Renters are moving home to their parents in ever-increasing numbers in an effort to get on the property ladder, according to a national group of estate agents.
With rents exceeding average monthly mortgage costs around the country, tenants are finding that the only way they can raise finance is to abandon independent living in the short term and return home.
“It is increasingly difficult for first-time buyers to save deposits and purchase properties due to the combination of high rental and childcare costs,” said Anthony McGee of REA McGee in Dublin 24.
“There are lots of instances where we are seeing people moving home to parents to save deposits.
“Even though the rents they are paying are in excess of a mortgage on the same property, they can’t seem to attain a mortgage due to their inability to raise money for a deposit.”
The rental market is being squeezed ever upwards by a perfect storm caused by tenants renting on a much longer basis according to REA spokesperson Healy Hynes.
“Tenants traditionally moved around in the hunt for better and cheaper accommodation, but this is no longer the case, and tenancies are becoming much longer,” said Hynes, a specialist in the area.
“This means that there are less rental properties on the market, and those that come up are very often being converted to Airbnb usage.
“All of this has heated a rental market where average rents nationwide are now €1,017.15, having risen 2.8% in the past quarter.
“In contrast, the cost of servicing a €200,000 25-year mortgage on the REA Average Three-Bed Semi price of €221,843 would be €969 at current rates.
“This difference is made even starker when you consider that the average rental price is based mostly on two-bedroomed apartments, not three-bed semi-detached houses which obviously command a higher rent.
“Although 60% of rental properties in the country are now covered by rent pressure zones, they are simply a fire-fighting exercise as it will be 2020 before we can evern hope to see a sufficient supply of new homes coming on to the market.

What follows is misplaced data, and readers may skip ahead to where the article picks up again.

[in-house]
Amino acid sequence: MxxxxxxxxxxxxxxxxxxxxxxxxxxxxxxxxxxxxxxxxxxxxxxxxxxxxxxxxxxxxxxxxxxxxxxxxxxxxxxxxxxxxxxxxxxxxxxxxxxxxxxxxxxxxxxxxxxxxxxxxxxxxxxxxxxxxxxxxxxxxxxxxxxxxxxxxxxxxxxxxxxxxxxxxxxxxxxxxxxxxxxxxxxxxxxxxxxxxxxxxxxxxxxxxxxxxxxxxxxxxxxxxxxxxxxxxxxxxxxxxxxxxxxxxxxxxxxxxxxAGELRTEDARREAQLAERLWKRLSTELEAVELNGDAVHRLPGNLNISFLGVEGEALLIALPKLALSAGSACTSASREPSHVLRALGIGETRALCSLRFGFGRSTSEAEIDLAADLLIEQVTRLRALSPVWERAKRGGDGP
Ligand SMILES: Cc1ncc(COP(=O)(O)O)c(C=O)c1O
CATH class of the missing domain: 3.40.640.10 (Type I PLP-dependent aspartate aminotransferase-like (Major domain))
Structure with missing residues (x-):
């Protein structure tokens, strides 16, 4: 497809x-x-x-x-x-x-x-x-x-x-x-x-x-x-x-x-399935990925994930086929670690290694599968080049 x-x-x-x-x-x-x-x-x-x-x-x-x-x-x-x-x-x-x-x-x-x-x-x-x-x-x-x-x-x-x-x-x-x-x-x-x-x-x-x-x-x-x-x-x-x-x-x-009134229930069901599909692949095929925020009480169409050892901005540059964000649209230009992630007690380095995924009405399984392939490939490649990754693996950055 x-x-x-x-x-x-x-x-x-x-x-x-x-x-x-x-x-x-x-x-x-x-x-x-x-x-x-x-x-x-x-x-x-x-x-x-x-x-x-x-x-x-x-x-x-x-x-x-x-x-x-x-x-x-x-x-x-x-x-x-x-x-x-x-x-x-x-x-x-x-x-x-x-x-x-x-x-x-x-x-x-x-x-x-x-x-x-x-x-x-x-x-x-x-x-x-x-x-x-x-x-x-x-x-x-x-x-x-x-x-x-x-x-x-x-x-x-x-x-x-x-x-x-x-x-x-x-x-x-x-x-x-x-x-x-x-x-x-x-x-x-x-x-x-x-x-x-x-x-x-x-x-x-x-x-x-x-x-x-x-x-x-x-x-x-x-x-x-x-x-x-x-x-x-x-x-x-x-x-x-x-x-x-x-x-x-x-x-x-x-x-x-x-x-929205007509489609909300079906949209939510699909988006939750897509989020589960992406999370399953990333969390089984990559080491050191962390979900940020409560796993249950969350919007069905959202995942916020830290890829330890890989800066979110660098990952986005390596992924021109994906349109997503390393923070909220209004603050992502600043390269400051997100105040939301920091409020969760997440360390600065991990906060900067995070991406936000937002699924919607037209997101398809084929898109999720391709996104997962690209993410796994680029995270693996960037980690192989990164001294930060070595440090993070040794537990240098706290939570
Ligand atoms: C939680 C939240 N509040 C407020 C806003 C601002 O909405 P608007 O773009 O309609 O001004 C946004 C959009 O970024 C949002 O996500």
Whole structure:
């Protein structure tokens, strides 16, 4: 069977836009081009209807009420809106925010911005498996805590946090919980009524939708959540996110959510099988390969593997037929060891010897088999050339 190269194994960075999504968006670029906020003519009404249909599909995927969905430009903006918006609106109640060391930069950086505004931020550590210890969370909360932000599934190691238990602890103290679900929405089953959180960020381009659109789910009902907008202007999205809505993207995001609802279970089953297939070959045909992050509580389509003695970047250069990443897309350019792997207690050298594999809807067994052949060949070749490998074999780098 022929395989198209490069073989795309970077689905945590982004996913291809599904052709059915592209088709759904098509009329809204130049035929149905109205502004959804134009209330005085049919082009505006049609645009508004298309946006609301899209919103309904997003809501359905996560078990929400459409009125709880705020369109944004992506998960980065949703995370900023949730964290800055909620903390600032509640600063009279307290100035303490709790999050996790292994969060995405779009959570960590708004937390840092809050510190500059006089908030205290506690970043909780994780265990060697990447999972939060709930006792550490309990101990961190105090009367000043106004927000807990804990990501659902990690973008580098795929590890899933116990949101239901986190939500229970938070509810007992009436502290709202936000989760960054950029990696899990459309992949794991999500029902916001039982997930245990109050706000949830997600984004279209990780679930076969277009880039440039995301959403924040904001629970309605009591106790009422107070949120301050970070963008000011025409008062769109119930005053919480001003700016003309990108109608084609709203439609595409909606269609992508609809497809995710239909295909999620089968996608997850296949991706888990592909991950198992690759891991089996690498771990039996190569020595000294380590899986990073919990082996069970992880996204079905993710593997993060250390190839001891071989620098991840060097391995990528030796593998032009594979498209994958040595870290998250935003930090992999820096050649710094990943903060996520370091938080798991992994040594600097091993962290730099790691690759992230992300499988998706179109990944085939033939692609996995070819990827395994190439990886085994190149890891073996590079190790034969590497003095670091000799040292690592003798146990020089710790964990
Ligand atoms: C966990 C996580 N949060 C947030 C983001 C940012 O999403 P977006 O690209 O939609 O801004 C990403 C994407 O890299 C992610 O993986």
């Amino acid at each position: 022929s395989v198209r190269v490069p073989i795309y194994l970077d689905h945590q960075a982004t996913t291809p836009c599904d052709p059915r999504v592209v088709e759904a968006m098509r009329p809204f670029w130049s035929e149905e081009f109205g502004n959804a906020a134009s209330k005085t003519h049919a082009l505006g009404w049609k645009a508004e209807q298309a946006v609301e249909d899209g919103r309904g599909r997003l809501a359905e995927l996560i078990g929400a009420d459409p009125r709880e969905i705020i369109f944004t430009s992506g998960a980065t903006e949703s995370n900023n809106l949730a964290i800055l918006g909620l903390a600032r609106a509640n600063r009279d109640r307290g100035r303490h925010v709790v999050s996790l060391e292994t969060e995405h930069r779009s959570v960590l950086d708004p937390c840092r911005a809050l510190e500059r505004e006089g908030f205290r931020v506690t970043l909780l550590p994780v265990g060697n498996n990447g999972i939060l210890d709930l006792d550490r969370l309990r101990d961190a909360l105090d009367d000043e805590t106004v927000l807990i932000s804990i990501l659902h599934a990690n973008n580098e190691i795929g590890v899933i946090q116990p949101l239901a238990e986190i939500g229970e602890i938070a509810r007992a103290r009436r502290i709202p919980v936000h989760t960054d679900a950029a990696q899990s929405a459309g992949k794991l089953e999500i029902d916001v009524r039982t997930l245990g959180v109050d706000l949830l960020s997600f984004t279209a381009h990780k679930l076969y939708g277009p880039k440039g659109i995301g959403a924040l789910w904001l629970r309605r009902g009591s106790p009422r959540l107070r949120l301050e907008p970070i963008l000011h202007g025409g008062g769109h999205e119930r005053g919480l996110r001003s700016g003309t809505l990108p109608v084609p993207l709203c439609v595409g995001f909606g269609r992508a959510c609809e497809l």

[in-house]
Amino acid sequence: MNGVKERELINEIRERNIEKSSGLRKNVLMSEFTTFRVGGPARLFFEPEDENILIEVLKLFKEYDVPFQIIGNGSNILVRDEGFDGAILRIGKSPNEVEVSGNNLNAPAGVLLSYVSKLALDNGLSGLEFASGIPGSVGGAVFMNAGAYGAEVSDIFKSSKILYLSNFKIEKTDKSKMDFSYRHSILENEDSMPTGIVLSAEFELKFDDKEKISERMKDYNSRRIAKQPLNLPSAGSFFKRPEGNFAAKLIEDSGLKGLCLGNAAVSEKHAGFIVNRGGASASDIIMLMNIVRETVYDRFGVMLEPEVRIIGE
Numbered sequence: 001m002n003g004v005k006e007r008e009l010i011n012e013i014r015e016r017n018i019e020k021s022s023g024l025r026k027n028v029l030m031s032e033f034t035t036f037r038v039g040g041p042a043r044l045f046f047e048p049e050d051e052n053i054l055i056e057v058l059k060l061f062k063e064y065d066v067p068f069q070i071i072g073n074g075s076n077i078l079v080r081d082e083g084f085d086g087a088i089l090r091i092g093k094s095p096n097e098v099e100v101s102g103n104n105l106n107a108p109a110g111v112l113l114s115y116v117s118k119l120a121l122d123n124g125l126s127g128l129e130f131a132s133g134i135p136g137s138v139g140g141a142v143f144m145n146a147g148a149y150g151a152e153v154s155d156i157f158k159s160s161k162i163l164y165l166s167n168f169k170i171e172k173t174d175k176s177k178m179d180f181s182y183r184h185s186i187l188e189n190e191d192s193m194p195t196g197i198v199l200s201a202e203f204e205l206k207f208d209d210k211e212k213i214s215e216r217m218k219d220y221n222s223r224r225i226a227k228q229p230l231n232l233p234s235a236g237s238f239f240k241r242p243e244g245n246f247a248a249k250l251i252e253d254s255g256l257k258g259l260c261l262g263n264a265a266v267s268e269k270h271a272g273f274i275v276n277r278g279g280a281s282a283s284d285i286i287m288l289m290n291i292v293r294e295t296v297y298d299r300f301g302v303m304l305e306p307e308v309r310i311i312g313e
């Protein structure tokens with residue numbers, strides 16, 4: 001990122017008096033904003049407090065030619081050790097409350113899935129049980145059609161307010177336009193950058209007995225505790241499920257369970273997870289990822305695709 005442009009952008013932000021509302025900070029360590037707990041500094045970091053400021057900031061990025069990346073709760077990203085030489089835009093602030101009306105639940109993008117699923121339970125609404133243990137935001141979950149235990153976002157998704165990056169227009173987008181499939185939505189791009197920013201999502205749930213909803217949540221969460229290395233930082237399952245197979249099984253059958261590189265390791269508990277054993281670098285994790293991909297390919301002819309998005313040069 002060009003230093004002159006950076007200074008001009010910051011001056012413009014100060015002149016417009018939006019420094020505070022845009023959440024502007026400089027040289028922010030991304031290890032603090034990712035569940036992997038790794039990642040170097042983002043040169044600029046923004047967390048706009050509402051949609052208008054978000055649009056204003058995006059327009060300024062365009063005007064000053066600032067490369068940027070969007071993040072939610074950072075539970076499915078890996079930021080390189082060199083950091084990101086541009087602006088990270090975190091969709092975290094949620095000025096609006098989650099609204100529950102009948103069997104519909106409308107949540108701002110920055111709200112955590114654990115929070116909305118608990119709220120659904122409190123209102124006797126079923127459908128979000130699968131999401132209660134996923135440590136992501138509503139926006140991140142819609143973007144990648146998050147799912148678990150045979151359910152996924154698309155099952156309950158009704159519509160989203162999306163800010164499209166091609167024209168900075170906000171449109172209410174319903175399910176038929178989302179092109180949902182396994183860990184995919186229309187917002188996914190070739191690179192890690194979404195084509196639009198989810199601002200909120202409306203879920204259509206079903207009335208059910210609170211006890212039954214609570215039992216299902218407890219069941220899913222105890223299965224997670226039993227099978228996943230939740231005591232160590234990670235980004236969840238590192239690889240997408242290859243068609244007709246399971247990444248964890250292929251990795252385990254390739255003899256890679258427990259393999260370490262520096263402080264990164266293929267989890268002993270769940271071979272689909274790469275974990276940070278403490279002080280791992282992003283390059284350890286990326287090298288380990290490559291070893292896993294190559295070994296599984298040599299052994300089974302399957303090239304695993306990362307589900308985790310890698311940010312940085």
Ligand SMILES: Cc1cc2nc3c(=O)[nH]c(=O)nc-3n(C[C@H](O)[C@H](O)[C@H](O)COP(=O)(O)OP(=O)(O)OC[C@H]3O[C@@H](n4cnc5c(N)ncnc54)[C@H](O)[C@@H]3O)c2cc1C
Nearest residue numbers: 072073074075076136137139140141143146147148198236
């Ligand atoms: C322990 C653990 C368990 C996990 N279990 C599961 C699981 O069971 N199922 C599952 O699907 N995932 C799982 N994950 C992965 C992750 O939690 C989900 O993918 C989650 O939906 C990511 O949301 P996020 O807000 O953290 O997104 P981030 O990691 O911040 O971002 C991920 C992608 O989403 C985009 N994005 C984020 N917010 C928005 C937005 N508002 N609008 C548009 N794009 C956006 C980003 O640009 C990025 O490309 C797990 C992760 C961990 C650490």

Dublin agent Ed Dempsey believes that the rental market is a huge problem in Dublin, fuelled by the migration of properties in the capital to Airbnb.
“There are currently 3,000 properties available to rent on Airbnb that would otherwise be in the rental sector. In contrast, there are just 1,000 properties available to rent on the long-term market,” said Dempsey.
REA agents in Balbriggan are finding that in some cases prospective buyers can halve what they are paying rent if they purchase a property in the area.
“If renters can obtain mortgages they are willing to buy sooner rather than later, as in many cases they are halving their rental payments,” said John Cumisky from REA Cumisky.
“Rents have gone through the roof in the area fuelled by an all-time low of supply of suitable rental properties, with many prospective buyers trying to escape from rents of €2,000 a month in Dublin.”
In commuter areas, buying is still far preferable to renting according to Brian Farrell of REA Brophy Farrell in Naas.
“Assuming that an average house priced at €260,000 in Naas will rent for €1,500 per month, a mortgage of 90% loan to value (LTV) will cost 75% of that amount to service, at €1,132 per month.
“When you factor in the cost of mortgage protection insurance, house insurance, property taxes and general repairs and maintenance these figures work out at a similar amount on a month to month basis.”
The traditional investor who buys a three-bed semi and rents it out appears to be retreating from the market on a monthly basis to be replaced by the ‘Air Investor’ according to Robert McGreal of REA McGreal Burke in Castlebar.
“If we take Westport, for example, there are 14 properties listed to rent, 166 for sale, but 250 listed as currently available on Airbnb,” said the Mayo auctioneer.
In Tipperary a significant number of renters, mainly people who have settled in the area over a long term from Eastern Europe, are now opting for the security of home ownership.
“This category of buyer now makes up 50% of our three-bed semi sales. Many of them have substantial savings and recognise that mortgage payments are now significantly less than the rent that they are currently paying,” said Eoin Dillon of REA Dillon in Nenagh.